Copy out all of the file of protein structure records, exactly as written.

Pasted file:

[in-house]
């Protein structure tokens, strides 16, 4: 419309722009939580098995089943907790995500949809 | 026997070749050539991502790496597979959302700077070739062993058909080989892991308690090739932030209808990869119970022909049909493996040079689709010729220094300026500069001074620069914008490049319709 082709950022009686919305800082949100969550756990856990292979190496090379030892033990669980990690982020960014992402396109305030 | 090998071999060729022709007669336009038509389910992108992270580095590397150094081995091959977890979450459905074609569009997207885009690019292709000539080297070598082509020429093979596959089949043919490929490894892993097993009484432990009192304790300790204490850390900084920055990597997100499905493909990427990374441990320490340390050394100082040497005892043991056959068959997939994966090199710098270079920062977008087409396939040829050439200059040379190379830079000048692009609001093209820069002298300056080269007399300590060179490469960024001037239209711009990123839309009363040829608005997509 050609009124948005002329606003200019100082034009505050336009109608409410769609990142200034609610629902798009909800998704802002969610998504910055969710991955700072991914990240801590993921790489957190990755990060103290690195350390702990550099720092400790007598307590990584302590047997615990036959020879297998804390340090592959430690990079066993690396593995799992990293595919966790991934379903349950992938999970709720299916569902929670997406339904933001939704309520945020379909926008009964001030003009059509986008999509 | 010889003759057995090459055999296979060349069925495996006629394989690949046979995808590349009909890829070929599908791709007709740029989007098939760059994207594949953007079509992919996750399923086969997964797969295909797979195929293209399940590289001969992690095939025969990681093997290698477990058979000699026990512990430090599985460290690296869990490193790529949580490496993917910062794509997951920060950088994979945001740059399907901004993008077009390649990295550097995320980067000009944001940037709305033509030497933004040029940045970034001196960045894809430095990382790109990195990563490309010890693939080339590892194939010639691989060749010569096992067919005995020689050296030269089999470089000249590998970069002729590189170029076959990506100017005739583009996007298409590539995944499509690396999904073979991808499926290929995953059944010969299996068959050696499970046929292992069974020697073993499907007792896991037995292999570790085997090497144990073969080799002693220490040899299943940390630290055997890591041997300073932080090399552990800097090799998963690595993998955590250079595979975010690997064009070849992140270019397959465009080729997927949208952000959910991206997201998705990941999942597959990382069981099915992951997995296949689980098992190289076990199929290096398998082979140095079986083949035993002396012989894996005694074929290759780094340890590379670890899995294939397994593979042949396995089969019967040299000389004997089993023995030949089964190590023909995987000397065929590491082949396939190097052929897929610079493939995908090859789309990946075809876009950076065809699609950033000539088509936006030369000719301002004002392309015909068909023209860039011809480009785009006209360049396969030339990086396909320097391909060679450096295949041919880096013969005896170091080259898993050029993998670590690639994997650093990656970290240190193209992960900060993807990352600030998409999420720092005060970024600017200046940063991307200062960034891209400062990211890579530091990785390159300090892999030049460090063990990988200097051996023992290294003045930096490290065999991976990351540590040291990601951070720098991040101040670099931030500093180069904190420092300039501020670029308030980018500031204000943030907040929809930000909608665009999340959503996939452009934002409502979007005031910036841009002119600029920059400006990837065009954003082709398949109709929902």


[in-house]
């Protein structure tokens, strides 16, 4: 419309722009939580098995089943907790995500949809 | 026997070749050539991502790496597979959302700077070739062993058909080989892991308690090739932030209808990869119970022909049909493996040079689709010729220094300026500069001074620069914008490049319709 082709950022009686919305800082949100969550756990856990292979190496090379030892033990669980990690982020960014992402396109305030 | 090998071999060729022709007669336009038509389910992108992270580095590397150094081995091959977890979450459905074609569009997207885009690019292709000539080297070598082509020429093979596959089949043919490929490894892993097993009484432990009192304790300790204490850390900084920055990597997100499905493909990427990374441990320490340390050394100082040497005892043991056959068959997939994966090199710098270079920062977008087409396939040829050439200059040379190379830079000048692009609001093209820069002298300056080269007399300590060179490469960024001037239209711009990123839309009363040829608005997509 050609009124948005002329606003200019100082034009505050336009109608409410769609990142200034609610629902798009909800998704802002969610998504910055969710991955700072991914990240801590993921790489957190990755990060103290690195350390702990550099720092400790007598307590990584302590047997615990036959020879297998804390340090592959430690990079066993690396593995799992990293595919966790991934379903349950992938999970709720299916569902929670997406339904933001939704309520945020379909926008009964001030003009059509986008999509 | 010889003759057995090459055999296979060349069925495996006629394989690949046979995808590349009909890829070929599908791709007709740029989007098939760059994207594949953007079509992919996750399923086969997964797969295909797979195929293209399940590289001969992690095939025969990681093997290698477990058979000699026990512990430090599985460290690296869990490193790529949580490496993917910062794509997951920060950088994979945001740059399907901004993008077009390649990295550097995320980067000009944001940037709305033509030497933004040029940045970034001196960045894809430095990382790109990195990563490309010890693939080339590892194939010639691989060749010569096992067919005995020689050296030269089999470089000249590998970069002729590189170029076959990506100017005739583009996007298409590539995944499509690396999904073979991808499926290929995953059944010969299996068959050696499970046929292992069974020697073993499907007792896991037995292999570790085997090497144990073969080799002693220490040899299943940390630290055997890591041997300073932080090399552990800097090799998963690595993998955590250079595979975010690997064009070849992140270019397959465009080729997927949208952000959910991206997201998705990941999942597959990382069981099915992951997995296949689980098992190289076990199929290096398998082979140095079986083949035993002396012989894996005694074929290759780094340890590379670890899995294939397994593979042949396995089969019967040299000389004997089993023995030949089964190590023909995987000397065929590491082949396939190097052929897929610079493939995908090859789309990946075809876009950076065809699609950033000539088509936006030369000719301002004002392309015909068909023209860039011809480009785009006209360049396969030339990086396909320097391909060679450096295949041919880096013969005896170091080259898993050029993998670590690639994997650093990656970290240190193209992960900060993807990352600030998409999420720092005060970024600017200046940063991307200062960034891209400062990211890579530091990785390159300090892999030049460090063990990988200097051996023992290294003045930096490290065999991976990351540590040291990601951070720098991040101040670099931030500093180069904190420092300039501020670029308030980018500031204000943030907040929809930000909608665009999340959503996939452009934002409502979007005031910036841009002119600029920059400006990837065009954003082709398949109709929902």